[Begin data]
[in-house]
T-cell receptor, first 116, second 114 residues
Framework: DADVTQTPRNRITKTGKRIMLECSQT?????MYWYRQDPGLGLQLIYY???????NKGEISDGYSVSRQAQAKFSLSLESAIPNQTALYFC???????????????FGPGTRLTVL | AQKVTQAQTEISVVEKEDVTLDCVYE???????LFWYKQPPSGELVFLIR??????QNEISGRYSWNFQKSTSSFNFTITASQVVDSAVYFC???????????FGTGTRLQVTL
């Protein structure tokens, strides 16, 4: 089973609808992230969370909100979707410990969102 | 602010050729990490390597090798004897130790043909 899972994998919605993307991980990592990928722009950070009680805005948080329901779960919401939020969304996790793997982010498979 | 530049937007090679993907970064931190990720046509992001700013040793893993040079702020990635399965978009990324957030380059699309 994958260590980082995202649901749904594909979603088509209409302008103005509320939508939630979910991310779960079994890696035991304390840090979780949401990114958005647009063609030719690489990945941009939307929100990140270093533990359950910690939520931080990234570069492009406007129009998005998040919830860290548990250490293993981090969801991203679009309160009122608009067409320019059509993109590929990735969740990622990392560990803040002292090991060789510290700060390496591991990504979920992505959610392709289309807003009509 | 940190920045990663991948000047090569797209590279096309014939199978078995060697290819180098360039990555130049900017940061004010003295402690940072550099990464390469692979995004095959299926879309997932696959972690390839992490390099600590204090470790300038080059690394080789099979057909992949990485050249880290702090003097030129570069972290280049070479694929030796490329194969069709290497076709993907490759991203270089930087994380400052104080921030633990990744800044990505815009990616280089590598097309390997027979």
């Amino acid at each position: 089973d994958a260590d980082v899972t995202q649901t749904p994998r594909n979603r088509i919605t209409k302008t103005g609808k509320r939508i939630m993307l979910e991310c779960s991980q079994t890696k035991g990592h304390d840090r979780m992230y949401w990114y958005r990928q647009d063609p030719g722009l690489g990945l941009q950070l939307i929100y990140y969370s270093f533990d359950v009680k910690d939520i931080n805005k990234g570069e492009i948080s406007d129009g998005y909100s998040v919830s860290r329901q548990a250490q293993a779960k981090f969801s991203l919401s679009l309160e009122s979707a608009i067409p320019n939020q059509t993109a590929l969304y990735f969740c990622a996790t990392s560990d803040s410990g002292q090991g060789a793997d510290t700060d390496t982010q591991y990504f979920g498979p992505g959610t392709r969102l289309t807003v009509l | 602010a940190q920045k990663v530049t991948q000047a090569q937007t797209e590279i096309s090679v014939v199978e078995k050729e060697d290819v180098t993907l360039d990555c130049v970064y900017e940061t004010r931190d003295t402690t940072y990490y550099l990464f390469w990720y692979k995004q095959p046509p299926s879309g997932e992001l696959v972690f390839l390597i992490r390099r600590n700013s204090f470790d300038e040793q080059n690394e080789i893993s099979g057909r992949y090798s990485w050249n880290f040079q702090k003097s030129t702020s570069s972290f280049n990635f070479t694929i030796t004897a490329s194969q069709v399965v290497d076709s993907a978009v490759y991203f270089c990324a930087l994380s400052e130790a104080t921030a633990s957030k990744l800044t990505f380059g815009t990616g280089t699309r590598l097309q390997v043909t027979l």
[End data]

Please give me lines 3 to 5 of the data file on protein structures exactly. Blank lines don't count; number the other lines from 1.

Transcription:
Framework: DADVTQTPRNRITKTGKRIMLECSQT?????MYWYRQDPGLGLQLIYY???????NKGEISDGYSVSRQAQAKFSLSLESAIPNQTALYFC???????????????FGPGTRLTVL | AQKVTQAQTEISVVEKEDVTLDCVYE???????LFWYKQPPSGELVFLIR??????QNEISGRYSWNFQKSTSSFNFTITASQVVDSAVYFC???????????FGTGTRLQVTL
């Protein structure tokens, strides 16, 4: 089973609808992230969370909100979707410990969102 | 602010050729990490390597090798004897130790043909 899972994998919605993307991980990592990928722009950070009680805005948080329901779960919401939020969304996790793997982010498979 | 530049937007090679993907970064931190990720046509992001700013040793893993040079702020990635399965978009990324957030380059699309 994958260590980082995202649901749904594909979603088509209409302008103005509320939508939630979910991310779960079994890696035991304390840090979780949401990114958005647009063609030719690489990945941009939307929100990140270093533990359950910690939520931080990234570069492009406007129009998005998040919830860290548990250490293993981090969801991203679009309160009122608009067409320019059509993109590929990735969740990622990392560990803040002292090991060789510290700060390496591991990504979920992505959610392709289309807003009509 | 940190920045990663991948000047090569797209590279096309014939199978078995060697290819180098360039990555130049900017940061004010003295402690940072550099990464390469692979995004095959299926879309997932696959972690390839992490390099600590204090470790300038080059690394080789099979057909992949990485050249880290702090003097030129570069972290280049070479694929030796490329194969069709290497076709993907490759991203270089930087994380400052104080921030633990990744800044990505815009990616280089590598097309390997027979």
């Amino acid at each position: 089973d994958a260590d980082v899972t995202q649901t749904p994998r594909n979603r088509i919605t209409k302008t103005g609808k509320r939508i939630m993307l979910e991310c779960s991980q079994t890696k035991g990592h304390d840090r979780m992230y949401w990114y958005r990928q647009d063609p030719g722009l690489g990945l941009q950070l939307i929100y990140y969370s270093f533990d359950v009680k910690d939520i931080n805005k990234g570069e492009i948080s406007d129009g998005y909100s998040v919830s860290r329901q548990a250490q293993a779960k981090f969801s991203l919401s679009l309160e009122s979707a608009i067409p320019n939020q059509t993109a590929l969304y990735f969740c990622a996790t990392s560990d803040s410990g002292q090991g060789a793997d510290t700060d390496t982010q591991y990504f979920g498979p992505g959610t392709r969102l289309t807003v009509l | 602010a940190q920045k990663v530049t991948q000047a090569q937007t797209e590279i096309s090679v014939v199978e078995k050729e060697d290819v180098t993907l360039d990555c130049v970064y900017e940061t004010r931190d003295t402690t940072y990490y550099l990464f390469w990720y692979k995004q095959p046509p299926s879309g997932e992001l696959v972690f390839l390597i992490r390099r600590n700013s204090f470790d300038e040793q080059n690394e080789i893993s099979g057909r992949y090798s990485w050249n880290f040079q702090k003097s030129t702020s570069s972290f280049n990635f070479t694929i030796t004897a490329s194969q069709v399965v290497d076709s993907a978009v490759y991203f270089c990324a930087l994380s400052e130790a104080t921030a633990s957030k990744l800044t990505f380059g815009t990616g280089t699309r590598l097309q390997v043909t027979l």